Enmeshment is when the boundaries and roles between a parent and a child become unclear, blurred or in some situations, even completely broken or unrecognizable. In the most serious of situations, the child becomes so wrapped in the parent’s feelings, beliefs or displays of anger that the child takes them on as their own and even believes that the parent’s feelings and beliefs are the child’s own. There are many different reasons a parent may become enmeshed with a child, generally the reasons are related to traumatic events or serious illness. Certainly, a divorce or change in family dynamics can be a traumatic event for both, the child and one or both of the parents involved such that enmeshment can occur. Often, the emotions surrounding the changes in family dynamics can either consciously or even unconsciously cause a parent to act in ways that enmeshes him or her with a child. The integration process, when done to an extreme level, can make the adult feel as though the child is co-dependent upon him or her, as though the child is an infant again. In serious forms of enmeshment, abnormal, unhealthy behaviors can seem normal to the parent who is enmeshed with the child.
Some examples of enmeshed behaviors that are concerning for a child include when the relationship between a parent and child seems to become an equal relationship where the child’s wants or desires are given equal weight (in the parent’s or adult’s mind) and the parent uses the child as an adult confidant and support system. Another example is when a role reversal occurs such that the child feels he or she is “rewarded” when the child serves an emotionally fragile parent’s need for support, self-worth and/or comfort. In other scenarios, a parent turns to a child to fill the “missing” role a spouse in providing comfort, helping with emotions or even doing the chores that were expected of a former husband such as asking the child to become the “mane of the house.” In other situations, fathers will request that a daughter serve a motherly role in making meals, caring for younger siblings and other similar scenarios. Additionally, often in enmeshment situations, the enmeshed parent will frequently accuse and/or make the child feel that they are betraying the confidence of the enmeshed parent if the child is bonded with or enjoys time with the other parent. Finally, frequently, in enmeshed situations, the enmeshed parent makes the child feel as if the other parent is wrong/incorrect and has alienated him or her (often to earn or gain the sympathies of the child).
It is important to note that the behavior of enmeshed parents will often have long-term, lasting effects on a child that may continue through adulthood. The really sad thing that occurs is when an enmeshed parent creates a belief on the part of the child or children involved that makes the child believe that one of the parents (the other parent) does not want the child and/or does not want anything to do with him or her. This unhealthy scenario with an enmeshed parent will create a scenario where the child begins to adopt and conform to the enmeshed parent’s beliefs about the other parents thoughts, feelings and opinions.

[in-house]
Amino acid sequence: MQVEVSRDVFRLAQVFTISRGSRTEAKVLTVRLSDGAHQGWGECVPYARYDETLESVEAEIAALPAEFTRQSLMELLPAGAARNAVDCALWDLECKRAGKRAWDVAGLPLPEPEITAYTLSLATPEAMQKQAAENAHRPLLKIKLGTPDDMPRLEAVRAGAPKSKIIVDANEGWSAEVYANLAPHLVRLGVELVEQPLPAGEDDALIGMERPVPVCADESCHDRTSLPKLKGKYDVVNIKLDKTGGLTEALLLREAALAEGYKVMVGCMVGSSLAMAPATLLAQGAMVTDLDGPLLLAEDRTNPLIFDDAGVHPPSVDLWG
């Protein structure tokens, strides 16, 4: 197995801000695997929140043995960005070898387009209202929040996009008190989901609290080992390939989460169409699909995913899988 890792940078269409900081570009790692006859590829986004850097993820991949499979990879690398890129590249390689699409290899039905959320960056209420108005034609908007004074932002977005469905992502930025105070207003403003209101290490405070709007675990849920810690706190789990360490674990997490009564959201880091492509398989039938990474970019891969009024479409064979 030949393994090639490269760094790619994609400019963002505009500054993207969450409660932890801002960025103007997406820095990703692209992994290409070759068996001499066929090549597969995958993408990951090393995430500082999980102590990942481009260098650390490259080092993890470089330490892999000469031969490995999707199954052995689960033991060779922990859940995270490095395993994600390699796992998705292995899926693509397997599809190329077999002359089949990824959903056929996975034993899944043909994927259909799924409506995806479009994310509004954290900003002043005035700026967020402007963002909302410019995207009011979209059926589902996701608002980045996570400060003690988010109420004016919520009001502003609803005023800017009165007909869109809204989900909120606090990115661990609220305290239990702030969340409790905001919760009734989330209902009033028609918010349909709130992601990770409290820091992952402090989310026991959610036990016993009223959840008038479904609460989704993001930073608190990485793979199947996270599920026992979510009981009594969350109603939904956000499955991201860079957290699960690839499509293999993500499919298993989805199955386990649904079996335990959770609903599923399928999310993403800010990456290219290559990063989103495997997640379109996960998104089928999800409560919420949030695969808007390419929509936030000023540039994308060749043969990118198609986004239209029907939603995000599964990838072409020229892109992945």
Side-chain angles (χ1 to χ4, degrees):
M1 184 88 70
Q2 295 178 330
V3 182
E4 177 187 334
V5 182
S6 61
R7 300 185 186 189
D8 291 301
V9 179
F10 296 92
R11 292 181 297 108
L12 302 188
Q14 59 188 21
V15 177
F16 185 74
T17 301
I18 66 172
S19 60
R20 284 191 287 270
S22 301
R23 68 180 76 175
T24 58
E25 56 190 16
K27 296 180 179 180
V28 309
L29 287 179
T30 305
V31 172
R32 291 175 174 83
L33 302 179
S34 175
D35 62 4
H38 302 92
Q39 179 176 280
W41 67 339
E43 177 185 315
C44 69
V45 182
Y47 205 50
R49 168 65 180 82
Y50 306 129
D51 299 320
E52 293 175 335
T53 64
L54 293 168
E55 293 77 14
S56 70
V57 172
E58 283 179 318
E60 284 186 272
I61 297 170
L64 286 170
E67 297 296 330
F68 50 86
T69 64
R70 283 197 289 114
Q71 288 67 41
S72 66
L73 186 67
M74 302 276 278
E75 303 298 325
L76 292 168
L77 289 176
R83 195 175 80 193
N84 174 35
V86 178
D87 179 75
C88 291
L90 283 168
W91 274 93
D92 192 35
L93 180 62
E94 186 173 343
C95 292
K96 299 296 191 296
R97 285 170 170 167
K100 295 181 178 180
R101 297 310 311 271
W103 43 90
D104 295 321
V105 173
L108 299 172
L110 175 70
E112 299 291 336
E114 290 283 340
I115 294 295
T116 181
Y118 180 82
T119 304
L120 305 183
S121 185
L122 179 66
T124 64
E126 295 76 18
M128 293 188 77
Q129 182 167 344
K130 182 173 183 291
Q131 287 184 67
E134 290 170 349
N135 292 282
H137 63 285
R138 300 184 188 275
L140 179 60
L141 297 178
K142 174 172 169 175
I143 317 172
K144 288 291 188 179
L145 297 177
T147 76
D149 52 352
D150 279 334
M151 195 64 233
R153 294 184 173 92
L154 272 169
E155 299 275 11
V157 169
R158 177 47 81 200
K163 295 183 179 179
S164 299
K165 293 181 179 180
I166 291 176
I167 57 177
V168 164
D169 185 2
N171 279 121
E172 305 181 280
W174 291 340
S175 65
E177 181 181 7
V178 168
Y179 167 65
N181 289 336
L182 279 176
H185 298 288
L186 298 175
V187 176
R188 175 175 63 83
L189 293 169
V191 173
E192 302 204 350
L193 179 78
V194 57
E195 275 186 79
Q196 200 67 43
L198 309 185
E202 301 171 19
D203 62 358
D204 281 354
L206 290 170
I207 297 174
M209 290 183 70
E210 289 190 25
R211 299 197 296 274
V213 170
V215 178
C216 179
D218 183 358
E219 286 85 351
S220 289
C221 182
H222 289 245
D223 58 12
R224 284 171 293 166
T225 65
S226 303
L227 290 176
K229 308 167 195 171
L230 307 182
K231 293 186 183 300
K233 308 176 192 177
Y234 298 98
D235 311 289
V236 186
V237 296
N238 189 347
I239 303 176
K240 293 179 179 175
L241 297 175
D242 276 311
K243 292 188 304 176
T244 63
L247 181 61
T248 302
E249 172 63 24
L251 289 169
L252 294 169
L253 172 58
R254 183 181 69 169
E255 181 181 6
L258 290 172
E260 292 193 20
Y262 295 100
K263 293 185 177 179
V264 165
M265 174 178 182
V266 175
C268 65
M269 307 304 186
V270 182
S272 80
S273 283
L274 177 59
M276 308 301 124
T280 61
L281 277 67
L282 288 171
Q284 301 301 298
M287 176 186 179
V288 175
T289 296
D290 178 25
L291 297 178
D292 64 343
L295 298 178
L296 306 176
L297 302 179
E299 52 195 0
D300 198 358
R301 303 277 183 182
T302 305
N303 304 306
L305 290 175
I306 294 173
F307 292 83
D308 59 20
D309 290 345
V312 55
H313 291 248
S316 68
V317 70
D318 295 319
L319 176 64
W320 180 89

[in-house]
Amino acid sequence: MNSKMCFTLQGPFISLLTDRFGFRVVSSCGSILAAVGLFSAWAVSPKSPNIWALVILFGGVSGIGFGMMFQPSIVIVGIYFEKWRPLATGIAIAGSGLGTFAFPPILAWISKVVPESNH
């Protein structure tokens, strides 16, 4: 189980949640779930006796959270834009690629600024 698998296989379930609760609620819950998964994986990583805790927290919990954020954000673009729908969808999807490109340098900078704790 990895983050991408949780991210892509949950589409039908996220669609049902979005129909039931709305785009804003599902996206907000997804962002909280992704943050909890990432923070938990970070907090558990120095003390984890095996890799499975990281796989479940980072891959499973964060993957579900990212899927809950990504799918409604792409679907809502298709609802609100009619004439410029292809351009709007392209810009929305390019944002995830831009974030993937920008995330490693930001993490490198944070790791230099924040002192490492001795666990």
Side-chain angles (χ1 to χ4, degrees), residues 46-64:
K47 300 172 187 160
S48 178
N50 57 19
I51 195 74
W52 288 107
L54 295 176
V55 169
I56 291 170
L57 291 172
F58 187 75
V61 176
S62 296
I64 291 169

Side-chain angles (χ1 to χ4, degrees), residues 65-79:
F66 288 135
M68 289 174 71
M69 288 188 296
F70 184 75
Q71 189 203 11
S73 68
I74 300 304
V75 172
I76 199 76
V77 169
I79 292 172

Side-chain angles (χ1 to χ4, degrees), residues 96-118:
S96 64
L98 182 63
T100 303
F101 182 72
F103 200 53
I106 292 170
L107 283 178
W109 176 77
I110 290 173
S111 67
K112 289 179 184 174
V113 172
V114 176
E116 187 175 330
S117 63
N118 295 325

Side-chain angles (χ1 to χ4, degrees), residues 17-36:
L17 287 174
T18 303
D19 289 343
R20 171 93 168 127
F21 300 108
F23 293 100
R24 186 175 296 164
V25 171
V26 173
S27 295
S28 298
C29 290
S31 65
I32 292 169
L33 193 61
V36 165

When deeply seated enmeshment occurs, a child stops understanding the difference between a parent’s beliefs or desires and the child’s beliefs and individual thinking. The child stops having a conceptual understanding that he or she is an individual person and capable of having autonomy (in an age-appropriate way) with their own feelings, beliefs and thoughts. Enmeshment can also create intense feelings of guilt, shame or other negative feelings associated with any time the child believes he or she has a thought or belief that differs from the parent the child is enmeshed with. Ultimately, enmeshment can create mild emotional harm or even significant, long-term, several emotional harm that rises to the level of emotional abuse. People outside of the family system would not readily see concerns and would often believe or assume that the parent and child have an appropriate, tight-knit bond, however, mental health and other legal professionals such as guardian ad litem’s (who advocate for the best interests of the children) are likely to have significant concern about the emotional abuse and harm that a child suffers in these circumstances.
How should enmeshment be dealt with?
If you have concerns about your child being enmeshed with the other parent, it is imperative that you involve a team of professionals to help your family work through these issues. Often the team needs to involve a qualified child therapist, as well as a legal professional to try to assist with legal solutions. An experienced therapist can help a family struggling with enmeshment recognize the issues, the problems and begin to work on solutions and strategies that will ensure productive, emotional growth for both, the parent and child. Unfortunately, in almost all families involving enmeshment issues, the family law litigation surrounding the family is more complicated. In many situations involving enmeshment, there are accompanying concerns of parental alienation. While these issues are not quickly or easily resolved, they can be worked through methodically with the assistance of knowledgeable and experienced professionals.
If you believe your family is struggling with enmeshment and accompanying parental alienation issues, allow our office to join your team of supportive professionals. Call Pingel Family Law today to schedule a consultation to discuss your options- and solutions at (816) 208-8130.